By Tom Bulloch
See the light!
One of the least understood, most abused topics in riflescopes is “light transmission.” You will find the truth quite…enlightening.
It was a very large and very hungry lion, not forty meters from where we sat and sweated. I could hear meat tearing and bones breaking, and an occasional low growl as it dismantled a hapless native cow. I could see nothing, not even the outline of the acacia tree from which the bait hung. The sun had set over an hour ago, and it would be several more hours before the moon rose. Sitting in the African darkness as a lion gorges itself a few paces away makes one wonder about the sanity of big game hunting.
"Get ready," Leon, my P.H., whispered. I aimed the .375 toward the sound of the carnage and eased off the safety. Our only source of light was a questionable flashlight, powered by three tired third-world batteries.
Leon switched on the weak light, and I found a tawny shape with the scope's crosshairs. Which end was which? Where do I shoot? Then the beast sensed the light, and turned its great head toward us, ringed by a dark mane. For a moment, it seemed that our eyes met. I found the animal's shoulder and the rifle's report shattered the silence of the night.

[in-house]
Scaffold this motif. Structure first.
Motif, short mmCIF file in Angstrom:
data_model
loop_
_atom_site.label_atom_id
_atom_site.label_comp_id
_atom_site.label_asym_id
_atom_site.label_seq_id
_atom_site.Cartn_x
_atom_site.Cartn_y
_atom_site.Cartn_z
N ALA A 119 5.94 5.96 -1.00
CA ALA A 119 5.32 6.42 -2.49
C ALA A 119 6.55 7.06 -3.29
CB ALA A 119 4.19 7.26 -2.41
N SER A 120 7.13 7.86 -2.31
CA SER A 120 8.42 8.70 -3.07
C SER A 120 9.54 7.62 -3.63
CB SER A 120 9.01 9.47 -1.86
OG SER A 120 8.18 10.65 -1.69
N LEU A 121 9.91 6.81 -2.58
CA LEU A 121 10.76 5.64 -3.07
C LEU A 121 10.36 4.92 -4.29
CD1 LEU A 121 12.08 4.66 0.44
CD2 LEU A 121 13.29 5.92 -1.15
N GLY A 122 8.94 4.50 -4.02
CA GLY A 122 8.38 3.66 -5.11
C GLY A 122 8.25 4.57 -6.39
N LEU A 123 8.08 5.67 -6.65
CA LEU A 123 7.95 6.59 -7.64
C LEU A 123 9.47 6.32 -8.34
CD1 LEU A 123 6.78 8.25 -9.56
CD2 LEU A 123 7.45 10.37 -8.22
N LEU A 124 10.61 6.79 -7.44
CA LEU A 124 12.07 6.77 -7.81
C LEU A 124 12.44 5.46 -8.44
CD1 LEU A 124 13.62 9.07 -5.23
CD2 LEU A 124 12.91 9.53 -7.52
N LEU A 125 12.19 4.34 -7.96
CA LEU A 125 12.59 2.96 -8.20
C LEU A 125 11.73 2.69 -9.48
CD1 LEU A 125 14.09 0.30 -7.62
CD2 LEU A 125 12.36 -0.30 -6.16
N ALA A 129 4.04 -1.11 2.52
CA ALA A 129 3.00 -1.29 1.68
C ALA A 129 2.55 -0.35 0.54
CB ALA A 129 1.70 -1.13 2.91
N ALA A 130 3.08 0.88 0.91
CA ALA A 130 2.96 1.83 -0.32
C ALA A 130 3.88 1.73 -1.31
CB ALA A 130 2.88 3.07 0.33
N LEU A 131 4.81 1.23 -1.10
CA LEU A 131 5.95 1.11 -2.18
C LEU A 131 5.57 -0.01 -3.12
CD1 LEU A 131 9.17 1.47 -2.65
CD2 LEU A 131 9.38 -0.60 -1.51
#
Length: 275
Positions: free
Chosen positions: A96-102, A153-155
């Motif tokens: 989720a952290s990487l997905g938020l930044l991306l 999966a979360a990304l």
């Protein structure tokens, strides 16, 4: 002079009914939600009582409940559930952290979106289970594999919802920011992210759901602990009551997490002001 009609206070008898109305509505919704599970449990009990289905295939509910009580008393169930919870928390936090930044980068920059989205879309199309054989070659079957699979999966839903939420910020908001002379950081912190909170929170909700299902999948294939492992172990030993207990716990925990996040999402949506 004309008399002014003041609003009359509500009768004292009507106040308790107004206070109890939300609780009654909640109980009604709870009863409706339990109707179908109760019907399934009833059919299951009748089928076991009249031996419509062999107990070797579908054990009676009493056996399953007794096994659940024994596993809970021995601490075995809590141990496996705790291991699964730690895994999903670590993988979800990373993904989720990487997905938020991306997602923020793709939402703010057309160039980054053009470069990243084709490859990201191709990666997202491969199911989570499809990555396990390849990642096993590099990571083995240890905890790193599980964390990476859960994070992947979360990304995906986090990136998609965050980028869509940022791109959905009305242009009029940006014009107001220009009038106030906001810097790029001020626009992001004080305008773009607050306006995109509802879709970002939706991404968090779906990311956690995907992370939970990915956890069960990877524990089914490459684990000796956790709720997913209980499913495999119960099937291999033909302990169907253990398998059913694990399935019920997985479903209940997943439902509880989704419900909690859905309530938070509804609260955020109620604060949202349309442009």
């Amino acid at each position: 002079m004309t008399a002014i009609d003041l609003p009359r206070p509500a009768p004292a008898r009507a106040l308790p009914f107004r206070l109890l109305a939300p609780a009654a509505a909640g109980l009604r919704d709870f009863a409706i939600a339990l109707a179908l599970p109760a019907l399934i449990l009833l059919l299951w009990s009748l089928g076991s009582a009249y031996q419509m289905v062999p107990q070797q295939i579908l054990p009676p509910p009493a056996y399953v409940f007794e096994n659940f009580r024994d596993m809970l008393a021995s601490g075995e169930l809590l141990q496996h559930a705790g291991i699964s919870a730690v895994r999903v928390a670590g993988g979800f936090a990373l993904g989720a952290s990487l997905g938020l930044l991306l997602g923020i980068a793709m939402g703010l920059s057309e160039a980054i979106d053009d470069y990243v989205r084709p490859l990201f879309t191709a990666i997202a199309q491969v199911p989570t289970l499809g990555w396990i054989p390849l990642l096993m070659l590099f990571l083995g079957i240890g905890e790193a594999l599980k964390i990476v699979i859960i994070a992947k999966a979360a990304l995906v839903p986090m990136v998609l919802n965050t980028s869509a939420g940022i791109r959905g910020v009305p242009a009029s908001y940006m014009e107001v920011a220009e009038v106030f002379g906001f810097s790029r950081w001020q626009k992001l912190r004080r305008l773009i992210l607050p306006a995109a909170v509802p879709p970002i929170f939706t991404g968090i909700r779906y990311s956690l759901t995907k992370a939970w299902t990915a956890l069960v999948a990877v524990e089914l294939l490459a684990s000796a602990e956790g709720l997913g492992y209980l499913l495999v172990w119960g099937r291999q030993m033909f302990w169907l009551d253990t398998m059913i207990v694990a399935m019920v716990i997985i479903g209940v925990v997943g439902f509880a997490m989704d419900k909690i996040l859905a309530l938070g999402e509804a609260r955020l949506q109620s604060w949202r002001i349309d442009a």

It sounded like the devil itself, snarling, spitting, roaring, crashing through the bush. Then, just as suddenly, all was still. We waited. Nothing. "I think it's dead," Leon said. "I'm pretty certain I hit it well," I offered, half in truth and half in hope, since searching for a wounded lion in the dead of night is not conducive to a long and happy life. After a rather tense half hour, we ventured from the blind—ever so cautiously—to have a look.
And there it was, dead, not fifty meters from the bait. One shot, through the lungs. It would measure nearly three meters from nose to tail, one of the largest lions taken in the area in many years. The celebration went on well into the night and my long quest for an African lion was over.
For weeks afterward, I relived the event, playing it back in my mind like a digital movie. Exciting? No doubt. Dangerous? Without question. Fortunately, everything had gone well. I couldn't credit my great shooting, for even I have difficulty missing at forty meters. The rifle? It did its job, to be sure. Hunting prowess? Leon was very skilled and experienced, and he had placed us in excellent position to ambush the great east.